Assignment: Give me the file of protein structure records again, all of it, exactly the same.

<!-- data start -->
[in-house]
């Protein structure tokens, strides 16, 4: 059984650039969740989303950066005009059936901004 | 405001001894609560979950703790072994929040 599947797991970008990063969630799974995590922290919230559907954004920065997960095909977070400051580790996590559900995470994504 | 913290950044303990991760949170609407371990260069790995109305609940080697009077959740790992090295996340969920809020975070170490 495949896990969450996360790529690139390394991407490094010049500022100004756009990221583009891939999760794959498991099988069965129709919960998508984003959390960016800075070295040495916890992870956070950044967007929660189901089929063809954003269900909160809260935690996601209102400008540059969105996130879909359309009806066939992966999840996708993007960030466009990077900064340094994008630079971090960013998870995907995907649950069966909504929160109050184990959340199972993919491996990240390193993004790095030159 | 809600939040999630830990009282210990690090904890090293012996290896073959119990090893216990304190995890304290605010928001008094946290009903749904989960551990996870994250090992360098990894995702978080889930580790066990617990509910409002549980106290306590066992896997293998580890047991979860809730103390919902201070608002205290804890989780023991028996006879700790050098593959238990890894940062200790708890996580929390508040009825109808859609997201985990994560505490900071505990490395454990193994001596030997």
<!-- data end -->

[in-house]
């Protein structure tokens, strides 16, 4: 059984650039969740989303950066005009059936901004 | 405001001894609560979950703790072994929040 599947797991970008990063969630799974995590922290919230559907954004920065997960095909977070400051580790996590559900995470994504 | 913290950044303990991760949170609407371990260069790995109305609940080697009077959740790992090295996340969920809020975070170490 495949896990969450996360790529690139390394991407490094010049500022100004756009990221583009891939999760794959498991099988069965129709919960998508984003959390960016800075070295040495916890992870956070950044967007929660189901089929063809954003269900909160809260935690996601209102400008540059969105996130879909359309009806066939992966999840996708993007960030466009990077900064340094994008630079971090960013998870995907995907649950069966909504929160109050184990959340199972993919491996990240390193993004790095030159 | 809600939040999630830990009282210990690090904890090293012996290896073959119990090893216990304190995890304290605010928001008094946290009903749904989960551990996870994250090992360098990894995702978080889930580790066990617990509910409002549980106290306590066992896997293998580890047991979860809730103390919902201070608002205290804890989780023991028996006879700790050098593959238990890894940062200790708890996580929390508040009825109808859609997201985990994560505490900071505990490395454990193994001596030997």